I’m fortunate that the calibre of the people who chose to join Velo are drivers who make things happen for our clients. They make things happen for themselves, too.  We’ll continue to provide the tools and education needed to help them do this.  I feel privileged that this knowledge will be of benefit to them in their career well beyond their time with us.

So far, our team has been very positive. Organisationally, sickness is down and team satisfaction is up. Our team says they’re growing and developing and our status as Campaign “Best Places To Work” Award in 2023 suggests we’re getting more right than wrong. Without a doubt, we’ve more to do. Our policies and efforts will evolve as we learn more, and if you fancy being part of that journey, check out our open roles at:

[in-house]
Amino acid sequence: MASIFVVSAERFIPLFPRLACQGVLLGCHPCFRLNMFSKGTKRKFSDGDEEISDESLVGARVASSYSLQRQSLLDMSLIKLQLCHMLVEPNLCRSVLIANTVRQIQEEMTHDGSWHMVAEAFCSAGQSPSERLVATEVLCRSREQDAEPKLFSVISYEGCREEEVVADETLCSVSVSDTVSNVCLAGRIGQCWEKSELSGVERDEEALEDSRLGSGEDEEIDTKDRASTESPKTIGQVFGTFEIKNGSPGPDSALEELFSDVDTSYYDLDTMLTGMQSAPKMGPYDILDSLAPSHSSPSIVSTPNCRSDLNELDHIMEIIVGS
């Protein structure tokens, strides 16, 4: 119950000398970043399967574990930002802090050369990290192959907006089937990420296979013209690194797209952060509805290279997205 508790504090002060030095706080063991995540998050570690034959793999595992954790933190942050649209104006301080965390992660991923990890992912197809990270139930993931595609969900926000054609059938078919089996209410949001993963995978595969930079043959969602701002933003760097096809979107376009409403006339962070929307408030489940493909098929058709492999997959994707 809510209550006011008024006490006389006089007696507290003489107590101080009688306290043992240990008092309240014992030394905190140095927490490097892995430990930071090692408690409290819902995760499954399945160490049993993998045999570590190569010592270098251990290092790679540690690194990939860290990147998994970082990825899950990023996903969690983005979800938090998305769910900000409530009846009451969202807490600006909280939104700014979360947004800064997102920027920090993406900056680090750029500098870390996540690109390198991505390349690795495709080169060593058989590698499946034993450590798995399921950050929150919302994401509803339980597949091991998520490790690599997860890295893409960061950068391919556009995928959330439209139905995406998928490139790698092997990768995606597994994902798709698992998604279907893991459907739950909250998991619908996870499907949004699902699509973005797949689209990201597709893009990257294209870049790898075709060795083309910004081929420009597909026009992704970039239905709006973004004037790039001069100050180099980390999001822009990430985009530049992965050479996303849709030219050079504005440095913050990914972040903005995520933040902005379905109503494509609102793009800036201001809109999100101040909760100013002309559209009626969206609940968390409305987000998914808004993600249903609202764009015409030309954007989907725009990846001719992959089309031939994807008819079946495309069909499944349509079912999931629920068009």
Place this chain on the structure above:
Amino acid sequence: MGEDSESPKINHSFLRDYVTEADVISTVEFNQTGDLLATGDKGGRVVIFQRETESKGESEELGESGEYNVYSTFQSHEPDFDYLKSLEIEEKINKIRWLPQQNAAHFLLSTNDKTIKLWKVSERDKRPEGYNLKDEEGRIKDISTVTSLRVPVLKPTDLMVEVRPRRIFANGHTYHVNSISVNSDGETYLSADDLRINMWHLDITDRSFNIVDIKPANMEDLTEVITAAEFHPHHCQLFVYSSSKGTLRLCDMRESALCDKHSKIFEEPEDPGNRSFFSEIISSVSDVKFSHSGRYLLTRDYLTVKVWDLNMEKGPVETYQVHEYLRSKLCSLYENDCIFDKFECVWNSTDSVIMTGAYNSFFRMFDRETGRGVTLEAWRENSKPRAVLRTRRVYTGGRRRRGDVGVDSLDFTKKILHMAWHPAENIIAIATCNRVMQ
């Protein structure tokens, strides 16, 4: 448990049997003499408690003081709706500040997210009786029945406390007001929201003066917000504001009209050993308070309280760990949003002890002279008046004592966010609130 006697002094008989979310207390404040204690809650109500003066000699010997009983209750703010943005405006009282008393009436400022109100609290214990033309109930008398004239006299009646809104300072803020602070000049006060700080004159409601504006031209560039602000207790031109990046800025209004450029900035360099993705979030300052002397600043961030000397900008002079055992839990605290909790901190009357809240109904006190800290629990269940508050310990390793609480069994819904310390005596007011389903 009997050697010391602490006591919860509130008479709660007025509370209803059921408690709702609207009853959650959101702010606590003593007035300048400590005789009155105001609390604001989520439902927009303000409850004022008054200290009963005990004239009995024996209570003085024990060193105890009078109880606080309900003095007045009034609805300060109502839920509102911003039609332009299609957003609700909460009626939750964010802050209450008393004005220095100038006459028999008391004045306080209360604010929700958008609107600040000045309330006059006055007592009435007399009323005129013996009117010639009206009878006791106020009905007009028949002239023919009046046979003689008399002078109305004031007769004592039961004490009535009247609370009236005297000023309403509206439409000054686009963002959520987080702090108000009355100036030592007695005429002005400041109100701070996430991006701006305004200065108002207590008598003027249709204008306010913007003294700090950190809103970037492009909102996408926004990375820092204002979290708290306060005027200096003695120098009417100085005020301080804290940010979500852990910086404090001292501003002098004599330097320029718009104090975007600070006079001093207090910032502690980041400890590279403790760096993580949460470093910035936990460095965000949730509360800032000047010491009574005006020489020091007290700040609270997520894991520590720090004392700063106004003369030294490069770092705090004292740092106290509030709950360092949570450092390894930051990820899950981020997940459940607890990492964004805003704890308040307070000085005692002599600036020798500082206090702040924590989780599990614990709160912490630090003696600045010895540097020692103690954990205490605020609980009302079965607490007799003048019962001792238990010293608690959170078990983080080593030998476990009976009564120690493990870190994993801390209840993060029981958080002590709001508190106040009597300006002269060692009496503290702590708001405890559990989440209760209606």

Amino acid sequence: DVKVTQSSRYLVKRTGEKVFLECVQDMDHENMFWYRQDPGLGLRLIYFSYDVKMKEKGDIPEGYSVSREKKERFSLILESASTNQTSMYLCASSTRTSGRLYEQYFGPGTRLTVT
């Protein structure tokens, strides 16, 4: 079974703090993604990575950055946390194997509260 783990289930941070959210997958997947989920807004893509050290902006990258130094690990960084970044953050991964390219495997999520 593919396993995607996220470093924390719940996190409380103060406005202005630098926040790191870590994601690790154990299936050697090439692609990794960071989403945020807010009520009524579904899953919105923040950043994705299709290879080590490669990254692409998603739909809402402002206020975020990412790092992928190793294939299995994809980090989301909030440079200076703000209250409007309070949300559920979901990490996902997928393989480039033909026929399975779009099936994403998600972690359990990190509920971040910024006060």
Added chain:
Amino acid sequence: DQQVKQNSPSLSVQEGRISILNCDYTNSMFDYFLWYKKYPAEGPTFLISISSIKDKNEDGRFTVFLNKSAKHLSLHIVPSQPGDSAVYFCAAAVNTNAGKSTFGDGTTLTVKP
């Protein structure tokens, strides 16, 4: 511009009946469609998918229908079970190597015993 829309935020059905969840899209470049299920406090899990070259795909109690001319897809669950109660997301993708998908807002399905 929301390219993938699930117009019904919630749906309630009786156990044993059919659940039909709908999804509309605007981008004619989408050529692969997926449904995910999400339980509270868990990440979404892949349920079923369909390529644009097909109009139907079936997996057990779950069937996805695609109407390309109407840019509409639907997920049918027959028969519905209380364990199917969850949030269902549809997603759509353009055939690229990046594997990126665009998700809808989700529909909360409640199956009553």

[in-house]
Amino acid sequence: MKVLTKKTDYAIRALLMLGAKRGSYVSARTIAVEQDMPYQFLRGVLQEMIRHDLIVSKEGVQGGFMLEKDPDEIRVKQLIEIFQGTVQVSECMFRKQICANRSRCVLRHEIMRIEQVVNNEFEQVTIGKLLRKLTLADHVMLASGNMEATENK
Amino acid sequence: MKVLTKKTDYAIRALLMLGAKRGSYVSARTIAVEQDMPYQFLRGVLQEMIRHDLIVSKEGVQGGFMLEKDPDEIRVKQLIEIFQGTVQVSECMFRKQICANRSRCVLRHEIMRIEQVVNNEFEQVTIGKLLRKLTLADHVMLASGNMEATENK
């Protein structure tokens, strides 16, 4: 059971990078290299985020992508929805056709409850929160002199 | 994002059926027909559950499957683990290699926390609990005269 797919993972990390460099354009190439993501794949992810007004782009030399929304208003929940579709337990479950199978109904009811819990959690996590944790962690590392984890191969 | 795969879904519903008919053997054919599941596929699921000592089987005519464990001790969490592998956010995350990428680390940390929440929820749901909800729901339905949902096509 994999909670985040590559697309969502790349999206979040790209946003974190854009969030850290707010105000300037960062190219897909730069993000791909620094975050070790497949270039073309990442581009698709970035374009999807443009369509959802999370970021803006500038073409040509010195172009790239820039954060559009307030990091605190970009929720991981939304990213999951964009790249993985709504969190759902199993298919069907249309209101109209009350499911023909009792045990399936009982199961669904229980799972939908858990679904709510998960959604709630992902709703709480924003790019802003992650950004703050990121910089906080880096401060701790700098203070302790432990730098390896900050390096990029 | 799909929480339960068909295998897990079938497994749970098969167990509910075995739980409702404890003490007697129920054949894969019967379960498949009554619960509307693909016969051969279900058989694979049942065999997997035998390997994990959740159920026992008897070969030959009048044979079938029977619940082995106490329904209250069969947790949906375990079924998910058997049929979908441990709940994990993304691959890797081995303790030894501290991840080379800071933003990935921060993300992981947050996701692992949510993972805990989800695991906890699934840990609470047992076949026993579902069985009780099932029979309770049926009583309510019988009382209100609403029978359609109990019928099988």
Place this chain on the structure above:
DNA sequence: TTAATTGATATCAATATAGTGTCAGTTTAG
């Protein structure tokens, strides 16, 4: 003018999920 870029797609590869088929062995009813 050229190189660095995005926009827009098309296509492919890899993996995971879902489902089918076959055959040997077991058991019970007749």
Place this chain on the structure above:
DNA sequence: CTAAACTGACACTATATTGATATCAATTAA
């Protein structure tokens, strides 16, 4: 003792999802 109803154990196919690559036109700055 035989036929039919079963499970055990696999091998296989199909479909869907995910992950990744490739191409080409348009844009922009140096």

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Paul Crabtree

Paul Crabtree

Managing Director

An IDM-qualified senior sales and marketing professional who has held board positions in various marketing agencies since 2005. Although he claims not to look old enough, the emerging silver locks tell a different story. As MD, founder and owner of Velo, his role is to lead the agency maintaining our quality standards to be the level that means we continue to be built on recommendation. He has a particular focus on new business, overseeing all our client relationships and leading our strategy function to make sure that our team has the skills and capabilities that our clients need, so we continue always craft great work to be proud of. Find him on LinkedIn here.